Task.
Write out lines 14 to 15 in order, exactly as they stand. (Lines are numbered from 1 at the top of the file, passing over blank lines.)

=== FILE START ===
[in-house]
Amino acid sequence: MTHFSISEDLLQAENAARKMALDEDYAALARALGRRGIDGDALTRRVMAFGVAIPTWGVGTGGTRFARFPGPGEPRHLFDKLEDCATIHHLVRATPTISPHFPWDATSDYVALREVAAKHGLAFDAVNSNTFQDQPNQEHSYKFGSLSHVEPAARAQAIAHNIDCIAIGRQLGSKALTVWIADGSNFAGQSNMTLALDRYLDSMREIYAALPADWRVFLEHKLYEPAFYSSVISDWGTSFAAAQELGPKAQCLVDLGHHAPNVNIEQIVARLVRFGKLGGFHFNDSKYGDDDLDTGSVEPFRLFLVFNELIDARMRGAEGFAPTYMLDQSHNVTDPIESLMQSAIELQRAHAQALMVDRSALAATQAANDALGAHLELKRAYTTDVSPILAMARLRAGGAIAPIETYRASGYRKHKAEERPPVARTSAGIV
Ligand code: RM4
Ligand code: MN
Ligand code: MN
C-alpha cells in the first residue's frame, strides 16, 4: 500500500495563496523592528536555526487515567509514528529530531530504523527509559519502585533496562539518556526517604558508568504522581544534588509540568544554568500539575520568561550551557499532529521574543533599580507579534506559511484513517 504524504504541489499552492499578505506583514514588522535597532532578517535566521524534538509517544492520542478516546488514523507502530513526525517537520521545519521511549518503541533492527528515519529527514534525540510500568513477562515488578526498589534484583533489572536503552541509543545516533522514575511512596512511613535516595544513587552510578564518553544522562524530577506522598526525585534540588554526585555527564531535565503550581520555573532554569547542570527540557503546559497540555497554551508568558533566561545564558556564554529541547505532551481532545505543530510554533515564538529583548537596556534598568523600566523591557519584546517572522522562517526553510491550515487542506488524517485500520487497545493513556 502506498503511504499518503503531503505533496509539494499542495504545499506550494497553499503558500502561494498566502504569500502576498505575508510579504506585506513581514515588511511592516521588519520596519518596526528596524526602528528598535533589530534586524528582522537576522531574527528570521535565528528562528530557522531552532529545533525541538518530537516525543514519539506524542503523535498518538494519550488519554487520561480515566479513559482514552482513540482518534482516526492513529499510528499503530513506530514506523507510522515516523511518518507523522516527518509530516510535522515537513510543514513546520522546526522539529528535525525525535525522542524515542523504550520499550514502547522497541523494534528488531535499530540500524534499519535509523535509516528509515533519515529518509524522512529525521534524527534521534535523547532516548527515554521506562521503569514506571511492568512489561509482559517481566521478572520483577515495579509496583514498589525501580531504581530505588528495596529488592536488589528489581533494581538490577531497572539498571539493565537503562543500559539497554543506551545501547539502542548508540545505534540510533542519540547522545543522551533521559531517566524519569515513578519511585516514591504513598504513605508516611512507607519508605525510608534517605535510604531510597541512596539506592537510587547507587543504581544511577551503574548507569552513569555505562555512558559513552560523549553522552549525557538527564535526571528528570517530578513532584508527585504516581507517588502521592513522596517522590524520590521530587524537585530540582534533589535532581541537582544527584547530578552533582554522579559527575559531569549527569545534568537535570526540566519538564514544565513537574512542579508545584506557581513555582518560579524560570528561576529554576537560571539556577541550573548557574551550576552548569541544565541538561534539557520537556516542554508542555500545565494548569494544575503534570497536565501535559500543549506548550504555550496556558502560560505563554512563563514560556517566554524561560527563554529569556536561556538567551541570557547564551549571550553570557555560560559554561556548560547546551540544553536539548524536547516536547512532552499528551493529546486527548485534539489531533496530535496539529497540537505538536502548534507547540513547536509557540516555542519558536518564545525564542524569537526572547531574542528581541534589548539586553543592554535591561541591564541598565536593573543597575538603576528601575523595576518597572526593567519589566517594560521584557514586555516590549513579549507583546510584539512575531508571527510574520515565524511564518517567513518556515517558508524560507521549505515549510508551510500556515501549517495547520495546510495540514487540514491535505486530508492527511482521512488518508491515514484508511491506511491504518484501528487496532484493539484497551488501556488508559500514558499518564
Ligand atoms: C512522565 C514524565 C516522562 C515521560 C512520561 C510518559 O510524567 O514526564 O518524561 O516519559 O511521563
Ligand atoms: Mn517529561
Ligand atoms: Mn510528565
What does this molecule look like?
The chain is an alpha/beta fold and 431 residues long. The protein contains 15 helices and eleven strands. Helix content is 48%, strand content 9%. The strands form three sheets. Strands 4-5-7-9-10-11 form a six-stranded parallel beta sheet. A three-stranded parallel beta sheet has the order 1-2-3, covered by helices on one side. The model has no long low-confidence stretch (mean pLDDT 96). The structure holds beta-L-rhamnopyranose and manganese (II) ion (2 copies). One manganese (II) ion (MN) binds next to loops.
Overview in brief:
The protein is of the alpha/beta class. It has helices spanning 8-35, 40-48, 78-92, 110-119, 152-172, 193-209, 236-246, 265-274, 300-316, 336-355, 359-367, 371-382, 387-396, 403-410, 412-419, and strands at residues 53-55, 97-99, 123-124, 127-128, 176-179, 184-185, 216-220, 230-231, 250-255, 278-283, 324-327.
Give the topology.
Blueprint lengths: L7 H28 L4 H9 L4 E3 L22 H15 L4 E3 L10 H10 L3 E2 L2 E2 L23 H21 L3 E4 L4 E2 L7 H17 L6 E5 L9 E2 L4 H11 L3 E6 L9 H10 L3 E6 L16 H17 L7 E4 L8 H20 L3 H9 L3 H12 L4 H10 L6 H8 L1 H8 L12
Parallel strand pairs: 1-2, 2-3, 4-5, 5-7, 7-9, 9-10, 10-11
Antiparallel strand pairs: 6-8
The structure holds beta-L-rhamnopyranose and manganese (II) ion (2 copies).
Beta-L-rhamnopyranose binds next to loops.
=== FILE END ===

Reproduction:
Give the topology.
Blueprint lengths: L7 H28 L4 H9 L4 E3 L22 H15 L4 E3 L10 H10 L3 E2 L2 E2 L23 H21 L3 E4 L4 E2 L7 H17 L6 E5 L9 E2 L4 H11 L3 E6 L9 H10 L3 E6 L16 H17 L7 E4 L8 H20 L3 H9 L3 H12 L4 H10 L6 H8 L1 H8 L12